Published February 11, 2010
CHICAGO, Ill. — Two blocks east of the “El” Train Red Line in Uptown Chicago, a lady named Susan limps over from under a covered bus stop.
“That’s my spot. I was here. I just had to sit down.”
She marks her spot by hanging two canvas bags on the fence where a dozen men and women are lined up outside Uptown Baptist Church.
“I was here. This weather is killing my arthritis.”
Her voice is husky but kind. She limps toward the bus stop, sits, and takes a sip from something tightly wrapped in brown paper, looks over her shoulder again, then settles back against the glass enclosure.
As the line builds, she comes back.
Next Monday, she says, they’re giving out shoes.
“Could you help me with this?” asks Susan, holding up a kids’ Revenge of the Sith wristwatch six hours fast. “It’s a cheap watch. I don’t know how to fix it. It’s not a very nice watch.”
Every Monday around 4:30 p.m. the iron gate separating Uptown Baptist from the sidewalk creaks open and a couple of dozen or more homeless men and women file into pews for a word from Scripture then to the basement for a hot meal.
Shouldering computer bags and backpacks, a flock of Chicagoans scatter from the train and the buses toward home or an evening job in one of the city’s most diverse communities.
This is North American Mission Board missionary Michael Allen’s mission field.
“Uptown is one of the most diverse places in the Chicago area,” said Allen. “It’s diverse in almost every way you can imagine – ethnically, socio-economically, in gender and in age. It’s home to retirees, young couples, newborns, the brilliant, and the mentally ill.”
Nearly 100 languages are represented in Uptown’s public schools. The neighborhood’s population includes government officials, college professors, business professionals, and a sub-culture of “down-and-outs.”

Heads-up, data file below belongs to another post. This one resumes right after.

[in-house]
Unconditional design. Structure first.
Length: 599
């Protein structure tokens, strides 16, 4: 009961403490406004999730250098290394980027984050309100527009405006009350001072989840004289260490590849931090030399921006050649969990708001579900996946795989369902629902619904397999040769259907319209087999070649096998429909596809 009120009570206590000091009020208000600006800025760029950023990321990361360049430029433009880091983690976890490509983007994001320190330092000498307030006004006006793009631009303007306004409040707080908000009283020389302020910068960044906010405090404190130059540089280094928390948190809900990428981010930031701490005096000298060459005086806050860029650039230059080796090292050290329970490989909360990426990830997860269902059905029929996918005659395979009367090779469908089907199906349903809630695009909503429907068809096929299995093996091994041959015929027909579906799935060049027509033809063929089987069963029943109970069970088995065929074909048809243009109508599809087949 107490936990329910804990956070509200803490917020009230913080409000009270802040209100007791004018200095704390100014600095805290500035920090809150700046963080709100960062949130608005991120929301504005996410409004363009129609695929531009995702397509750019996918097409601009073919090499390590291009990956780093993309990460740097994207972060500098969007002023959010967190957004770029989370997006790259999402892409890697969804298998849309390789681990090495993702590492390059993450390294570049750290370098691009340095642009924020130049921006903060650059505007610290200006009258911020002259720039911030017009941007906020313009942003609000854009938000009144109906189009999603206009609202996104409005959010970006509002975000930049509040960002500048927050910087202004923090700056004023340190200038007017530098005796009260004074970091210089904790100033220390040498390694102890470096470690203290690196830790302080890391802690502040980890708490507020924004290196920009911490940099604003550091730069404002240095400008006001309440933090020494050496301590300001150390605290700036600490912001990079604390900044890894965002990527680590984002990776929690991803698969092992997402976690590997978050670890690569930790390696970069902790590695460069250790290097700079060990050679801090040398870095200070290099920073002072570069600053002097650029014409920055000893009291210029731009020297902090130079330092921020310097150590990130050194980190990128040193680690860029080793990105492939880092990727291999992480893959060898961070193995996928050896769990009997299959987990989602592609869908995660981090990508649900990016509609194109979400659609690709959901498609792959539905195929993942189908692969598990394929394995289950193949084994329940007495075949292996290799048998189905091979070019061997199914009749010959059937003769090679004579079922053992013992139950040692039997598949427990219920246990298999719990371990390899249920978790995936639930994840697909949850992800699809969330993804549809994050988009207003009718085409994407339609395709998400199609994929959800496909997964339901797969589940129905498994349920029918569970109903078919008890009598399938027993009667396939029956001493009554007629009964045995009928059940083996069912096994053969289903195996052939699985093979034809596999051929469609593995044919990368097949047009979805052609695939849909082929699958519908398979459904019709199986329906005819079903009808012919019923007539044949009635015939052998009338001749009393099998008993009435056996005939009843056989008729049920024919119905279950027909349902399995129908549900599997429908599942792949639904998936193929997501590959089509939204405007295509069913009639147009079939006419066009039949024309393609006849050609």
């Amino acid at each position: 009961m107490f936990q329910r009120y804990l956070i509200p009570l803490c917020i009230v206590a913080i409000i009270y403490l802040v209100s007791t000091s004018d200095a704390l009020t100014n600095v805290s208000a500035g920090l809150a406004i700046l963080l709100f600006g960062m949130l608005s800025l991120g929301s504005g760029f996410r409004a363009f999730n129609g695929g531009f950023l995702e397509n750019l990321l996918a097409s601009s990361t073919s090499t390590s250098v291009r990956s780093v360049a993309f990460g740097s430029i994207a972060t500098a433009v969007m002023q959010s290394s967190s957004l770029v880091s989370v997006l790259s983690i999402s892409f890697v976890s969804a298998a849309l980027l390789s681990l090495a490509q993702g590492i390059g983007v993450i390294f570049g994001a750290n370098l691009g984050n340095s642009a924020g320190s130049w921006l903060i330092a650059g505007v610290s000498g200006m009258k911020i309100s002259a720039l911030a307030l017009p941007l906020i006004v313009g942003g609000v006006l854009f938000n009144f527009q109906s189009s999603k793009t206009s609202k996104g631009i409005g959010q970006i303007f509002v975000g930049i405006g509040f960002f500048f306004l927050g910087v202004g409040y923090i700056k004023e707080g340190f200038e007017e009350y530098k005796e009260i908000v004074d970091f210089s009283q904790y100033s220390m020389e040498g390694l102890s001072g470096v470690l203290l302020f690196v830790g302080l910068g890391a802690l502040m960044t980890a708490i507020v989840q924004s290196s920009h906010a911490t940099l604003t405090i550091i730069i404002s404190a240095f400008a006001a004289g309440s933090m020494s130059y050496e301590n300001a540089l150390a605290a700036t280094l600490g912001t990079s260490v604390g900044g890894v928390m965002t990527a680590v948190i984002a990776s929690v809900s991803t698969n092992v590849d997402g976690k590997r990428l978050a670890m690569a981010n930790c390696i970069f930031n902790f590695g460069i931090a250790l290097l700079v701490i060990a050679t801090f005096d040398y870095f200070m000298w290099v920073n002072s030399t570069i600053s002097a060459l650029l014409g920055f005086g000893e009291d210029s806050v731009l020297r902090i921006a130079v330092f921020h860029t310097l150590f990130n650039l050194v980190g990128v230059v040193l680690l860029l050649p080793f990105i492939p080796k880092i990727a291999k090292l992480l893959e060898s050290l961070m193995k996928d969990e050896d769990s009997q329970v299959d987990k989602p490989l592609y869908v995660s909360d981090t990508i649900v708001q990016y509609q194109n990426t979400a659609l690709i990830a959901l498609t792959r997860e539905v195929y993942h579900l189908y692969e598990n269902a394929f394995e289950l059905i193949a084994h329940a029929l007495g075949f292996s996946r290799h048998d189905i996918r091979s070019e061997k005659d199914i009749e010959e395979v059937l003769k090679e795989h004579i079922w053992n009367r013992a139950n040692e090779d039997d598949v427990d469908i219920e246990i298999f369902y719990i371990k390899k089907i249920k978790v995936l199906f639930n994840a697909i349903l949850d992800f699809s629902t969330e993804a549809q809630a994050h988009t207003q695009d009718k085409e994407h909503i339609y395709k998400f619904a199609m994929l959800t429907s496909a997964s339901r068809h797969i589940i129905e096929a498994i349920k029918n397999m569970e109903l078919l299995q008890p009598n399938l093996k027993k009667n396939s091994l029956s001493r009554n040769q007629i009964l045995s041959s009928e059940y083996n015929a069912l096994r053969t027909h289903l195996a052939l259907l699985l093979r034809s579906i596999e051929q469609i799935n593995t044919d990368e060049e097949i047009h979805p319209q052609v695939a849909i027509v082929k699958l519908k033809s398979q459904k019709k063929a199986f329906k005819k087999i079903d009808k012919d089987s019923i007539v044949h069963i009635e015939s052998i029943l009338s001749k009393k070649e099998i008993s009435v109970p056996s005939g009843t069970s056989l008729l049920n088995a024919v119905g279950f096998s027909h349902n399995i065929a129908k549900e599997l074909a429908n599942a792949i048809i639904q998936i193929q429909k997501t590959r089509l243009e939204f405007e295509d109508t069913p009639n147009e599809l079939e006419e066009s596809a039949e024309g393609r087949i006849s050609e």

Allen is one of more than 5,300 missionaries in the United States, Canada, and their territories supported by the Annie Armstrong Easter Offering®. He is among the NAMB missionaries featured as part of the annual Week of Prayer, March 7-14, 2010. This year’s theme is “Live with Urgency: Share God’s Transforming Power.” The 2010 Annie Armstrong Easter Offering’s goal is $70 million, 100 percent of which benefits missionaries like Allen.
Allen has worked with social ministries for years, beginning with his tenure at Moody Bible Church and continuing with leadership at homeless and recovery ministries throughout the city. His ability to interact across a broad spectrum has given the Jamaican-born pastor a voice among Chicago businessmen and politicians.
“One day I could be at a press conference with the mayor of Chicago and all the movers
and shakers and be in a suit and tie, then later that day on the street talking to somebody who’s drunk and just gave his girlfriend AIDS,” said Allen. “It’s an amazing thing. It’s God at work changing people’s lives and I get to be used by Him to accomplish it.”
Tonight, Allen is hosting an hour-long Q & A session with a top Chicago attorney who’ll help attendees understand and navigate the legal system. Then those who’ve come here will hear the Gospel and gather for a meal of hot chicken and pasta. Later on in the evening, a dozen or more women will make them a pallet for the night in one of the church’s rooms.
Outside the walls of the church, Uptown Baptist also is impacting local schools with a launch of Child Evangelism Fellowship, a door opened when the church provided backpacks and school supplies at the request of Chicago’s mayor. Allen joined other church leaders, challenging them to show up at schools nearby to welcome children, interact with teachers and administration, and provide students with backpacks full of paper, pencils, and notebooks.
“One of the principals said, ‘I didn’t know what we were going to do. I didn’t know how we were going to provide for all these kids who were unprepared on the first day of school,’” Allen recounted. “And here we were – at the mayor’s invitation – showing up during the time of need.
“The deepest need of humankind is always to know God and to reconnect with God,” Michael added. “Whatever surface problems are going on around us, if we stop long enough and look carefully enough, we would see that it’s a spiritual problem. It’s a heart problem. We need to seize that opportunity before us and to continue to be real with people.”
Adam Miller is a writer for the North American Mission Board.
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